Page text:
I was pretty sure I knew what the procedure for the day would be, having read quite extensively about it, but I guess you never really know till you experience it, or perhaps it is simply that reading and experiencing are two different things. I guess what I’m saying is you will never get the picture in your mind before hand to be a replica of what the real experience would be.

So after that long aside, can you tell my mind is a bit fuzzy today, I should probably get to the punch line.

We arrived my rheumatologists office at 8:30am, which is a struggle for any one who needs an inordinate amount of sleep to be able to function. Once there we were greeted by a puzzled nurse, wondering why we hadn’t gone past the pharmacy to collect the IV pack, not knowing that no one had taken the time to mention this to us before hand. So instead she started by taking a urine sample (which apparently they will check every time I come for an infusion, ugh), and then kindly directed us to where the pharmacy was.

We were finally shown to the infusion room, which was a small room with four very large comfy chairs, where the infusion was to be done. When asking the prerequisite questions before the infusion could start the nurse seemed to become unsettled when I told here that I had a fever yesterday, despite me saying that I had low-grade fevers daily, as part of my condition. So instead of starting the IV then, I had to wait to see my Rheumie first, as the nurse was worried that I was sick, and you can’t get a biologic treatment while you’re ill. This is because it lowers the immune system further, and opens you up to possible complications or exacerbation of the cold or flu or what have you.

At my first Revellex/Remicade infusion

At my first Revellex/Remicade infusion

So finally once the Rheum had given the all clear we were ready to start, and the first of what seemed a billion observations began, as they checked my pulse, blood pressure and temp every fifteen minutes for an hour, and then every thirty minutes.

As we started, temp normal, blood pressure on the low side as usual, and pulse high, which is also normal for me, but I think a pulse of 140 bpm (beats per  minute) just seemed to add to the nurses anxiety. It was while doing these observation, that we met the first challenge for the day. The blood pressure cuff was a bit too big for me 9 or actually really way too big), and therefore would pump up way past were it normally would. It felt like it wanted to squeeze my arm until there was nothing left. So thus began the search for a smaller cuff. And it really was a search, as one after another cuffs were tried, and deemed to be too big. The nurse finally went over to the pediatric department where they gave here the biggest kiddies cuff they had. On putting it around my arm the nurse said to me “don’t look at the age it’s for”, so of course I had to look. Guess what…. it was for a nine year old. A nine year old! I can’t believe I have a nine year olds arm, I still kind of don’t.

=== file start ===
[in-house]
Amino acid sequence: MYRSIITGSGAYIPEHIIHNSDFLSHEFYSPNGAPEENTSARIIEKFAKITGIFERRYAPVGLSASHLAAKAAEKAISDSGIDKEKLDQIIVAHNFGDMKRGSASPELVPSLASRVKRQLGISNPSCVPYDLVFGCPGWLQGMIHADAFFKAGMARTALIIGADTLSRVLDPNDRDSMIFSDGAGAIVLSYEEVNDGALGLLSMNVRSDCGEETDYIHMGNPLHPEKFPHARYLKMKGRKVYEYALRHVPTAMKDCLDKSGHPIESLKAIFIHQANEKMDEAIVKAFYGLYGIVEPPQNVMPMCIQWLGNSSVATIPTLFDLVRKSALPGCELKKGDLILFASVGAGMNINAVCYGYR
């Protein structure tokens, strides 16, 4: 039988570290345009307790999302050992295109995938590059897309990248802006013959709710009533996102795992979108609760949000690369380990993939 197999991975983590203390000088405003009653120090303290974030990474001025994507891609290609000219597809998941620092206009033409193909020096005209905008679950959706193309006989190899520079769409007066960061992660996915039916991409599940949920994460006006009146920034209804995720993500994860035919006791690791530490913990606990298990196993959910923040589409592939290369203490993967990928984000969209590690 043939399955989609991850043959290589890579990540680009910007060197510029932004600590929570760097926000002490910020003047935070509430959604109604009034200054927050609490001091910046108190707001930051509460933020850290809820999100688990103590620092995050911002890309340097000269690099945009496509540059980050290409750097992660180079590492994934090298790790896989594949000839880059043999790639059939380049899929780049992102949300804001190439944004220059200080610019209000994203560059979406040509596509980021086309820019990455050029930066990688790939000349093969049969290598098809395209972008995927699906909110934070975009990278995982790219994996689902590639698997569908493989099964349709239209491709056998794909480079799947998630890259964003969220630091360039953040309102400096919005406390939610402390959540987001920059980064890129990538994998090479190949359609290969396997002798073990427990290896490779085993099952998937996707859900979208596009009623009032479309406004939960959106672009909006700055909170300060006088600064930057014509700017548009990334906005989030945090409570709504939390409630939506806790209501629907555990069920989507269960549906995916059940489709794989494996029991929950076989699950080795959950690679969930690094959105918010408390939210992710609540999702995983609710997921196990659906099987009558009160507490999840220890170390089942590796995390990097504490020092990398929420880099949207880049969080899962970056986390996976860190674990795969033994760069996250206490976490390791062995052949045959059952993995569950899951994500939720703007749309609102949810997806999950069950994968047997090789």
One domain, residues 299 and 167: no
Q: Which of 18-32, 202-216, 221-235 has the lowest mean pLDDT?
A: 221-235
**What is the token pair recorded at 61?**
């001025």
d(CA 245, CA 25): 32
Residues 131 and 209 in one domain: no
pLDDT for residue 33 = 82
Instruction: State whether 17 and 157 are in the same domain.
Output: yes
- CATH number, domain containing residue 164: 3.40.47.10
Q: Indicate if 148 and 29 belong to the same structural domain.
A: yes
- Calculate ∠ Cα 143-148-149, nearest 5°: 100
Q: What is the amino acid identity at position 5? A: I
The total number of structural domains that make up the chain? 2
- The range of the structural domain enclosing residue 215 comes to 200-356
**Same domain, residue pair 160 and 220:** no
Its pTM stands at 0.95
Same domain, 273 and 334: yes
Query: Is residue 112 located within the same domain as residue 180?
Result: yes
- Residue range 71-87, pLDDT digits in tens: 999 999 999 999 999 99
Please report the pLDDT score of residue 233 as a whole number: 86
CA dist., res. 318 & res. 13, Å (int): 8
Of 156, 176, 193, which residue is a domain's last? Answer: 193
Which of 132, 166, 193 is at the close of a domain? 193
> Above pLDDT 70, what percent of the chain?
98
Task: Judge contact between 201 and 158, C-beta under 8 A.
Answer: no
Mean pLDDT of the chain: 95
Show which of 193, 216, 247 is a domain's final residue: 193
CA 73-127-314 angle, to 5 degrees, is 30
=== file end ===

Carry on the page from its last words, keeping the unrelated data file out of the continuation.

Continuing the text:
As the infusion goes on the speed up the rate, at 15 minute intervals. This is in order to reduce reactions to the meds, as an anaphylactic or even a milder reaction is the worst thing that can happen, and was the thing that I was anxious about. But luckily the infusion went just fine, only making my shoulder of the arm the drip was in saw, giving me a headache and making my throat hot and burnt. All of which I could deal with.

After a couple of hours shared with some other lovely people who were there for their infusions, and who were quick to make me feel at home, share some of their stories and knowledge, and just generally keep me company, and I guess in turn, I them, the infusion was done.

Lastly they infused a much smaller saline drip through, in order to ensure that every drop of that pressure, and expensive med, went into my system.

Finally, after promising to come back in 2 weeks, I was free to go home, where I slept for 3 hours. The infusion having made knocked it out of me.

Now the waiting game begins, as we wait what could be 2-6 weeks to see if we have struck gold. So know all there is to do is hope that this time it’s that all elusive “one”.